We love making fun crafts, but we also enjoy art history and diving deep into art projects — sculpture, painting, mosaics, paper, fiber, clay, drawing skills. There is kid art all over this house! Love it. We visit our beautiful art museum on a regular basis, and we use tons of wonderful books for our creative discovery. We also love Creativity Express on the computer — it’s awesome for kids to get started with some art history. We purchased a subscription to Meet the Masters online, but have yet to explore it.  >> Update on Meet The Masters: meh, it’s just OK. As an artist, I know how to develop this path on my own going forward. I won’t be going back to this one again.

A Tad Bit More
We enjoy learning about world cultures & religion & Bible stories. Along with the timeline, and US map/states & capitals, we also learn about world geography using an amazing kids atlas that we have, and we love our world globe, and of course the computer is a good resource. Scattered in amongst all this, there is also some basic yoga and meditation, and lots of running laps/foot races in the front yard. We love origami, though we aren’t very good at it yet. And everyone around here takes pictures or directs their own little movies or puppet shows. They are showing interest in cooking, and want to learn how to sew and knit too — yay!

A bit of this and that at the homeschool/dining table

Let’s face it, it adds some complexity when you also have a toddler or preschooler in the mix. There is plenty of tickle-time or a quick one-on-one storytime together in the morning after breakfast. But once we get started at the table for lessons, I rotate things for our preschooler so that he has a happy day too. At his seat at the table are his coloring books and crayons, plus safety scissors and scraps of paper. After he loses interest there, I set up his pattern blocks and math shapes. There are books and puzzles, watercolors and play-doh, cars and trains. Play-play-play! And when all else fails, I tuck him in on the couch for some quiet tv time or a movie. This household is not against screen-time, but it is carefully managed and quite limited during the week.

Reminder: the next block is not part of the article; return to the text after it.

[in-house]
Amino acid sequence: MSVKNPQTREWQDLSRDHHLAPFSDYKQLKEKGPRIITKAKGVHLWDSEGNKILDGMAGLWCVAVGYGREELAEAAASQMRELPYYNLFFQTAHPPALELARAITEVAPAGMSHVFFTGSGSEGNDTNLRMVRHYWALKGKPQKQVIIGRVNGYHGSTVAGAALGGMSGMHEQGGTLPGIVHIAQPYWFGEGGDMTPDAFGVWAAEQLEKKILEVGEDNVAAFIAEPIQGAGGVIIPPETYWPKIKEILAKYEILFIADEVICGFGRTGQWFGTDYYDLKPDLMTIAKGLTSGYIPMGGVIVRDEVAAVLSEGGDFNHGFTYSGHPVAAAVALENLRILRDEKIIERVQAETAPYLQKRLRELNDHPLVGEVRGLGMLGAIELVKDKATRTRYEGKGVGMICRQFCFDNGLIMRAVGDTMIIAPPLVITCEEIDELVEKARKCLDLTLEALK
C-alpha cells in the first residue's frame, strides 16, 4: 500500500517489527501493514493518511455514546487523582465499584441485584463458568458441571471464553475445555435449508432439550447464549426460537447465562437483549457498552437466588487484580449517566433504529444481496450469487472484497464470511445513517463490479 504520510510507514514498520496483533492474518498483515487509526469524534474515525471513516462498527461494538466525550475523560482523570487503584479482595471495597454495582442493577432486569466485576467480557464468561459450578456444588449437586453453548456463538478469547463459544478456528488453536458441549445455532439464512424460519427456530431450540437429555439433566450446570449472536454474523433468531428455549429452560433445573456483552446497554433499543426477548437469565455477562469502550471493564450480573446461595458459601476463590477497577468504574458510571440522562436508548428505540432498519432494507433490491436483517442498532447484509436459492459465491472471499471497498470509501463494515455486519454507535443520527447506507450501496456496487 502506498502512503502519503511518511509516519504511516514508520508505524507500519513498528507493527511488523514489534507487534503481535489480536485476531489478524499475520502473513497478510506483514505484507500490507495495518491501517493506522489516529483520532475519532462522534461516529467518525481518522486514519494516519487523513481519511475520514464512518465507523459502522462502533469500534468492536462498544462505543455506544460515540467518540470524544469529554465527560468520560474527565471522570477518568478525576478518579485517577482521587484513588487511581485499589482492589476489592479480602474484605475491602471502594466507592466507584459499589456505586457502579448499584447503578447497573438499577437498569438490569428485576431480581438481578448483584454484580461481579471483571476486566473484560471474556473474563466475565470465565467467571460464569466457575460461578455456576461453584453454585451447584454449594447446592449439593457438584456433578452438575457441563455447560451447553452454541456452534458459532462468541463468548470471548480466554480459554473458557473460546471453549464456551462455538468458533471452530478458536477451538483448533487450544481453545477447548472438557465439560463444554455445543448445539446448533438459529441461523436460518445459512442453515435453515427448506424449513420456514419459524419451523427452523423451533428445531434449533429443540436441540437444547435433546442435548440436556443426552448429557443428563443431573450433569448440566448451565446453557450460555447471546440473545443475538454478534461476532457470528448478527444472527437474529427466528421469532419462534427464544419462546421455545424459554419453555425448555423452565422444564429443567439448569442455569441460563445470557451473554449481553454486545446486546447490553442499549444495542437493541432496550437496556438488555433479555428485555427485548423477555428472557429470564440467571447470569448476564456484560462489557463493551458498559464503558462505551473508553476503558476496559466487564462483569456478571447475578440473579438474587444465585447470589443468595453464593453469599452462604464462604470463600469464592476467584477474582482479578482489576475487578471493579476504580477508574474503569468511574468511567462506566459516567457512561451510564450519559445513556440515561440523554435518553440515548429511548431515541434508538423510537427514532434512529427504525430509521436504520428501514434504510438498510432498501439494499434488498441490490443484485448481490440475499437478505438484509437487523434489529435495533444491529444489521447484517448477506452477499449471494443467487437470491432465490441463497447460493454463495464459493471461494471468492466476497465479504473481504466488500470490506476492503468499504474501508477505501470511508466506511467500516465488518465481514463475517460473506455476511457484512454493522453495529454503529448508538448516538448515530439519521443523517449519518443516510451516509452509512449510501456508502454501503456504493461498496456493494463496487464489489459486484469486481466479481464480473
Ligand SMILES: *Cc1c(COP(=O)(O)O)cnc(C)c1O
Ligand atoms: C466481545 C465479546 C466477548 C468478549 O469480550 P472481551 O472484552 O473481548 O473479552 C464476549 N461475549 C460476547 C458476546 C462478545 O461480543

When you list it all out like this, perhaps it seems like a huge amount of stuff. It really isn’t overwhelming, especially when you think that we go year-round, all day through — for us, homeschooling is a way of life. And this is what works for us right now. We are having a good time together, learning and playing and making some fun projects. Again, it has taken over a year to settle into a routine that works for us. I imagine they will be shaking it up again before too long. But no worries. I’m up for whatever we can throw at each other around here. We opt for stress free and chilled out as often as possible, we break into song on a daily basis, and our weeks include plenty of silliness with insane amounts of recess & free play.

Sending warmest wishes for your homeschooling adventures!

We have come to this curriculum selection after much research, and trial & error. I have not received any product samples or freebies from any vendors in exchange for reviews.